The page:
Petra Keinhorst

The same is not the same.

An approach by Danièle Perrier.

While she was staying at the Künstlerhaus Schloss Balmoral, Petra Keinhorst developed a group of life-sized wax sculptures, which, because of their anonymity, are spontaneously associated with the white plaster figures by George Segal. Both treat the figures schematically by leaving out details which might create any expression of individuality. They are lonely figures, people without characteristics.

Despite these superficial analogies, the works of both arise from diametrically opposed intentions. Segal uses plaster of Paris, a material that is commonly used as a binder, cover, wrap, or as an application. It is used as a protection around injured parts of the body, and limits its flexibility to a specific posture. The plaster figures by Segal, which are cast from living models, appear stiff and motionless. Be they pop star, electrician, or housewife: they are tight in a corset of social customs, live their daily lives, adapt to convention, and display their social function like a business card.
The individual remains hidden behind the appearance, with hardly any characteristic shining through. Finally, only a shell remains of the living models, bereft of content.

Petra Keinhorst uses hard paraffin wax, a material that is soft and can be shaped similarly to plaster of Paris, yet it is not applied but poured. When it is warm, it smoothly flows to fill the hollow form. The hollow shape becomes the positive, the mass. Yet Keinhorst does not gain the shape of the figure through the design of a mould – which is a wooden box in her case – but by chiselling it laboriously, as a sculptor, from a block of wax. Thus she combines the uniqueness of a creative act of carving with the transience of the artwork. Little schematic sketches of her concept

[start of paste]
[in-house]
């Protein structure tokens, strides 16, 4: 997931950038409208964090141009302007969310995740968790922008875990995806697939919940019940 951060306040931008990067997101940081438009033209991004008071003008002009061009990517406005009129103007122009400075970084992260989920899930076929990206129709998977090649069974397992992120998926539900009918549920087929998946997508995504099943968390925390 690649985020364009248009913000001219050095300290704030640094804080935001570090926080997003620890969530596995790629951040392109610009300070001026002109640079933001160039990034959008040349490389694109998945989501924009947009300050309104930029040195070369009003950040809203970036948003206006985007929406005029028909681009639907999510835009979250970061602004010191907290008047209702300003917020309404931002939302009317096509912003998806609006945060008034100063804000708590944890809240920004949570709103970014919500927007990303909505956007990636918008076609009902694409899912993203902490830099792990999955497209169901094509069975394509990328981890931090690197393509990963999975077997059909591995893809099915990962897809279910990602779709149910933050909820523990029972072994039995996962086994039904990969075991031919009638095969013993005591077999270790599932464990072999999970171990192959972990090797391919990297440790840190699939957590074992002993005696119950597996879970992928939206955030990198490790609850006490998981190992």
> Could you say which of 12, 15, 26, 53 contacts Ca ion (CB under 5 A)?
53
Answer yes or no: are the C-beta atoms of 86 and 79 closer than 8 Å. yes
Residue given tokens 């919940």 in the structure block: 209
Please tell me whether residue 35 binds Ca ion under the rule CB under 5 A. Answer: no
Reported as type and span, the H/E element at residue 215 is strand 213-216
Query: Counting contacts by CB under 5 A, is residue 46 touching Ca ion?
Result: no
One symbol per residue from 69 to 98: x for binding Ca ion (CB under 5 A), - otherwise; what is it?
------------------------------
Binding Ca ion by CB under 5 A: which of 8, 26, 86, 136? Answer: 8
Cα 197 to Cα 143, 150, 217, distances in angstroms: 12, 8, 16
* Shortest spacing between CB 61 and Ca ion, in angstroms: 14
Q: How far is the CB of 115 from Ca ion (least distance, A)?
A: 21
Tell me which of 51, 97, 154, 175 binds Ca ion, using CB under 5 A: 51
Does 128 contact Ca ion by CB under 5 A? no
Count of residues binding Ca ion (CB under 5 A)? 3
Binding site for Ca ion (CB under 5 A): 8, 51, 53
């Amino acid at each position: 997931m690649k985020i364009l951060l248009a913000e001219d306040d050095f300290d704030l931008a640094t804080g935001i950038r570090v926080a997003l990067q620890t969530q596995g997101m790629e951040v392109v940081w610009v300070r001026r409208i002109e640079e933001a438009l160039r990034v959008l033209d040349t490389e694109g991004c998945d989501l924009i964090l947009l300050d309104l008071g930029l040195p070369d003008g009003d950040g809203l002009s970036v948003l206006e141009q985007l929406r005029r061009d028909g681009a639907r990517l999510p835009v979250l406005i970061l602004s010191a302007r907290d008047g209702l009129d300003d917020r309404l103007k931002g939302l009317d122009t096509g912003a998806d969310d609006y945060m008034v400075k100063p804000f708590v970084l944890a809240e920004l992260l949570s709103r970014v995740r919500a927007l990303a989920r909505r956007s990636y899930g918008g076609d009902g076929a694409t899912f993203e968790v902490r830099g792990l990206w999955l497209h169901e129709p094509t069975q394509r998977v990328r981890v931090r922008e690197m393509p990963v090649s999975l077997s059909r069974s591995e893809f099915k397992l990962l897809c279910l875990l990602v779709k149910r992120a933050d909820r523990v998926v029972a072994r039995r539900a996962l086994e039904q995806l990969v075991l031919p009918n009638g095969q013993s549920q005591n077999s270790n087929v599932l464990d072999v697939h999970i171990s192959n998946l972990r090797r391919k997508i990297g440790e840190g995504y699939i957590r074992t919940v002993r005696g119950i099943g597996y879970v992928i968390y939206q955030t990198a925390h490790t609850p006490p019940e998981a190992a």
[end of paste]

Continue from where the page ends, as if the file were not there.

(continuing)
merely suggest general postures. She feels her way into an inner view – which she intuits rather than knows – discarding everything imperfect. Any wrong decision or movement, and she will melt down the unfinished work to start again.

She treats her figures schematically. Their features are suggested rather than defined with characteristics. Their clothes show no reference to their social position or profession. These are anonymous, lonely beings, living inside their own selves. There is something unspoiled about them. Light partly diffuses within them, partly reflects of them; this is a metaphor for the translucency of these serene beings, who seem to be waiting for something, which does not seem to come. This is not about the exposure of societal mechanisms, but about a human plan, a wish for completion and actual communication instead. The three figures are posed as a group. They relate to each other and integrate into the spatial situation, yet they do not communicate with each other. Thus they give expression to a longing for something unachievable.

Because they depend on the specific situation, the groups of figures by Keinhorst are unique, with a limited life-span, and remain only in the form of large photographs. Usually, the figures are destroyed after the exhibition or placed within a new context. New figures are created from melted down ones and will form other groupings.


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